Gaming and Hearing Study
This project covers studies exploring how computer games can be used in our research.
Action Video Game Players
In collaboration with C. Shawn Green, University of Wisconsin-Madison, we assessed action video game players’ auditory cognition and perception, specifically their speech-in-noise abilities. It has been shown extensively that gamers who play first- and third-person shooters have superior visual cognition and perception abilities. We found that this effect did not cross into the auditory domain. However, the way our participants interact with audio in computer games differed greatly from how they interact with the visual elements. The majority of our participants listened to other audio sources during gaming (e.g., podcasts, tv, group-chat). The few that did listen to their games’ sounds did not use surround sound technology.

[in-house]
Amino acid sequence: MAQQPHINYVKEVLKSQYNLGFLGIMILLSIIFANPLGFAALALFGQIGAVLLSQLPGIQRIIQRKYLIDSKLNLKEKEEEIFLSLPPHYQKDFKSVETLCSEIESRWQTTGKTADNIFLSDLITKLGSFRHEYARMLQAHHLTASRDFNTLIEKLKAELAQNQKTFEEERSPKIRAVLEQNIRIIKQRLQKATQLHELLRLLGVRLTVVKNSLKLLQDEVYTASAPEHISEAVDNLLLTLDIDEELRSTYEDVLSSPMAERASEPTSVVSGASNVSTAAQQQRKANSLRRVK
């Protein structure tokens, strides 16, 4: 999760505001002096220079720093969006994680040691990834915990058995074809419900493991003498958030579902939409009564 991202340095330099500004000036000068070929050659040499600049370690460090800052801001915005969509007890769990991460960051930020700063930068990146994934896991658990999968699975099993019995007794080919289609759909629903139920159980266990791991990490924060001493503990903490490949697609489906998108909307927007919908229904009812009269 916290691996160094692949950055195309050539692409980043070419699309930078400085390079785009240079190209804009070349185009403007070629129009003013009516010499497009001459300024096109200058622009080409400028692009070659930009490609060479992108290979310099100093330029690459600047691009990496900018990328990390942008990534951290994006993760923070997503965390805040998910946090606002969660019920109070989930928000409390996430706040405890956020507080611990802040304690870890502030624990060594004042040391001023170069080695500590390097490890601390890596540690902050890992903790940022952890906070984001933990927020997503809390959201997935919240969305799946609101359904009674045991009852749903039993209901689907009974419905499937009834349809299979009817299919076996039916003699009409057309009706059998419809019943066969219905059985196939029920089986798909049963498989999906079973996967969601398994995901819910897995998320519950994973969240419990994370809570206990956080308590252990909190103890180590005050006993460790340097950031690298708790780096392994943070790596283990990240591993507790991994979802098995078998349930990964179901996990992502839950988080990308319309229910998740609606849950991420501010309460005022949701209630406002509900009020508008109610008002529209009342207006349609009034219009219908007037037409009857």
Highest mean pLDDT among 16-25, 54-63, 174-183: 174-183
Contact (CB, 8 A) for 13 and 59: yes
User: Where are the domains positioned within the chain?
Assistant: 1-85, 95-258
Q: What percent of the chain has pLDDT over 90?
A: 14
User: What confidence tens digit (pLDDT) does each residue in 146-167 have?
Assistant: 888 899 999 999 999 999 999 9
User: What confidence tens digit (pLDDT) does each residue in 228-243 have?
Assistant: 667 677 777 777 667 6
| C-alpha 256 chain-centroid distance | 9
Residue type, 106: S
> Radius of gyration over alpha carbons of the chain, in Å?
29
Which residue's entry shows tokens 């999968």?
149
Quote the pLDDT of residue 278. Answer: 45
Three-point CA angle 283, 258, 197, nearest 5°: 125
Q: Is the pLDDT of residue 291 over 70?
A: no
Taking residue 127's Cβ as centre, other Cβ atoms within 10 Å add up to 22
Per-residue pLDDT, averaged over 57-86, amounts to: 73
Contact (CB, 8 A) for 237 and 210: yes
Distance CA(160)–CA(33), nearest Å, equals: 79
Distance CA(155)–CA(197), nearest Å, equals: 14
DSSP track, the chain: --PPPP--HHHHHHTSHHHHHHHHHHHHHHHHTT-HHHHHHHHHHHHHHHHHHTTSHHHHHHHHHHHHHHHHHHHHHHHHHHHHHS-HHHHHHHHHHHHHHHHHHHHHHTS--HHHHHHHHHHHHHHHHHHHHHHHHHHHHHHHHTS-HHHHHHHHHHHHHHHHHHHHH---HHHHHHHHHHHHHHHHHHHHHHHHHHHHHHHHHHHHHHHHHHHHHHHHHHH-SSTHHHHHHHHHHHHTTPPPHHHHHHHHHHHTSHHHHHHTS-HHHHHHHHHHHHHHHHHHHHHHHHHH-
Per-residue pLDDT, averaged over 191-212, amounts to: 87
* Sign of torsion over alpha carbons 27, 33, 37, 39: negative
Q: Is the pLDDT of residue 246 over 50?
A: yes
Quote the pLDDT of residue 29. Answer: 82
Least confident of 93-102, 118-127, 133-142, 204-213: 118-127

Reference: Stewart, H. J., Martinez, J., Perdew, A., Green, C. S., & Moore, D. R. (2020) Auditory cognition and perception of action video game players. Scientific Reports, 10(1), 1-11.
We are developing a virtual reality speech-in-noise assessment for children. This project is currently in the software development stage with Game Theory co. (https://www.gametheoryco.com/vr-hearing). We will be comparing how children perform in a normal testing environment to virtual reality with the Oculus Rift and Go headsets.
This study is funded by Action on Hearing Loss and National Science Foundation: Engaging Learning Network.